The Future of Work With Jacob Morgan

Kate Johnson is President of Microsoft US, a $45 billion division including all of Microsoft’s solutions, services, and support revenues across public and private sectors in the United States. Kate is responsible for a team of 10,000 people and she has been very involved in Microsoft’s culture journey led by CEO Satya Nadella.

Prior to Microsoft Kate served as the Chief Commercial Officer for GE Digital. She has held several key senior leadership roles at GE, Oracle, Red Hat, and Deloitte Consulting.

Kate believes that leadership is a state of mind, it’s not about how many people you lead or your seniority level, it’s about the characteristics and skills you demonstrate on a day-to-day basis. You can be a leader if you are an individual worker without anyone reporting to you directly just as much as someone can be a leader with thousands of employees reporting to them.

Important experiences for anyone aspiring to be a senior leader
Kate has a very diverse background when it comes to her career. She got her degree in engineering and worked in that field for a while before going back to get her MBA. After she finished her MBA she spent several years in management consulting, then moved into banking, and then she moved to the IT side of things. She has worked in inward-facing roles and outward-facing roles. And she has also worked in several different countries around the world.

Not everyone will have the same path, but the important thing about her diverse experiences is that she was always learning and growing--she didn’t just stay where she was comfortable. She shares that it is also important, especially if you want to lead a global company, to learn about different cultures and immerse yourself in them to build relationships with people from all parts of the world. In order to truly understand different cultures proximity is crucial, you have to go there and immerse yourself in it, even if it’s for a short time.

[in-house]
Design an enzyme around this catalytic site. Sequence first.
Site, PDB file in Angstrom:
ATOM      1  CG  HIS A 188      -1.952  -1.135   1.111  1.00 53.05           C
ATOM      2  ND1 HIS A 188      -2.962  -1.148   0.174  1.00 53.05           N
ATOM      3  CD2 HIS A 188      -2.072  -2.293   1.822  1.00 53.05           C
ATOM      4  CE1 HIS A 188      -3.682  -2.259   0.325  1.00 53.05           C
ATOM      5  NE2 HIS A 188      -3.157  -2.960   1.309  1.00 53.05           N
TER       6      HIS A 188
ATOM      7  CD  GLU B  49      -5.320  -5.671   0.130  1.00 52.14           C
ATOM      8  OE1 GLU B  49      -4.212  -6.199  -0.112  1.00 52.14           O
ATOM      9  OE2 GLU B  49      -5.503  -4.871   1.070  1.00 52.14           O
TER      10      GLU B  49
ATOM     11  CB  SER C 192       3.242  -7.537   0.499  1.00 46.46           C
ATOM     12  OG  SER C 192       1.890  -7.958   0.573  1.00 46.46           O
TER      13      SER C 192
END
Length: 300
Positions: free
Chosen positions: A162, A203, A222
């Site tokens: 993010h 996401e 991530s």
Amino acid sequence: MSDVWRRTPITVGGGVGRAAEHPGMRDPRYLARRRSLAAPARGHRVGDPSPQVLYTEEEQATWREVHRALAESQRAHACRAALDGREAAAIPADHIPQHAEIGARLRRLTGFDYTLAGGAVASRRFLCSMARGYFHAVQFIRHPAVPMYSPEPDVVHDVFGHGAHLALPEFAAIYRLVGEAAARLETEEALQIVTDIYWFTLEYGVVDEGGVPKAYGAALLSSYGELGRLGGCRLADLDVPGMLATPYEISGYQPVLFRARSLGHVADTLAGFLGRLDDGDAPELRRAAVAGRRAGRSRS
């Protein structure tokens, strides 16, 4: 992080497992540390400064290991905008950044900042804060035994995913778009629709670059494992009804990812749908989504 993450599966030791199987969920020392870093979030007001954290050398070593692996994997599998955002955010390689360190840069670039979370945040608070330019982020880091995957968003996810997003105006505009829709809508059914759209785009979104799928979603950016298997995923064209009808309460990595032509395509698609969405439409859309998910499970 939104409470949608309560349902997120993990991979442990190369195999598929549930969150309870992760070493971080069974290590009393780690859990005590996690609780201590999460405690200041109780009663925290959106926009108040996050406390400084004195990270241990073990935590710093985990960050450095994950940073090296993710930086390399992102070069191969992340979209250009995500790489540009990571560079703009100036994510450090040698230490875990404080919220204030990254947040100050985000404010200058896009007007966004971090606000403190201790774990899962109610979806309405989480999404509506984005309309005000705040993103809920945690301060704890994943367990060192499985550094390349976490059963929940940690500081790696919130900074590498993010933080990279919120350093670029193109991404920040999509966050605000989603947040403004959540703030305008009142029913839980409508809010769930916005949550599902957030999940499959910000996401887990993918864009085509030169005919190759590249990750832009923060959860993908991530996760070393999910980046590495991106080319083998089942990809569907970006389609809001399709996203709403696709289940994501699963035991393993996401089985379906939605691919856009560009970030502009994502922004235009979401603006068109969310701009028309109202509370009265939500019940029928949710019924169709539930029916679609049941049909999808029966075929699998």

Although Kate has had a lot of work experiences, she also brings up the importance of implementing changes and watching them develop--which takes time, in her opinion at least three years. So while the days of staying at one company for your whole career are gone, it also doesn’t mean you should continuously move every 1-2 years.

And when it comes to the debate between being a generalist or a specialist, Kate says, “I always tell people I'm working with, you've got to pick--are you going to be that generalist or are you going to be somebody who goes deep in one thing, whether it's a function like finance and you want to be a CFO and you've always known that, or, is it something horizontal that you're picking, like change? And I don't think there's a right answer, I think the world is going to continue to be hybrid. Because we need both, we need the deep experts and then we need, you know, the people who can kind of be a utility player and pinch-hit. I think it's getting harder to get the big jobs as a utility player that hasn't at least gone deep in certain things and owned the implementation of the changes that they've dreamed up.”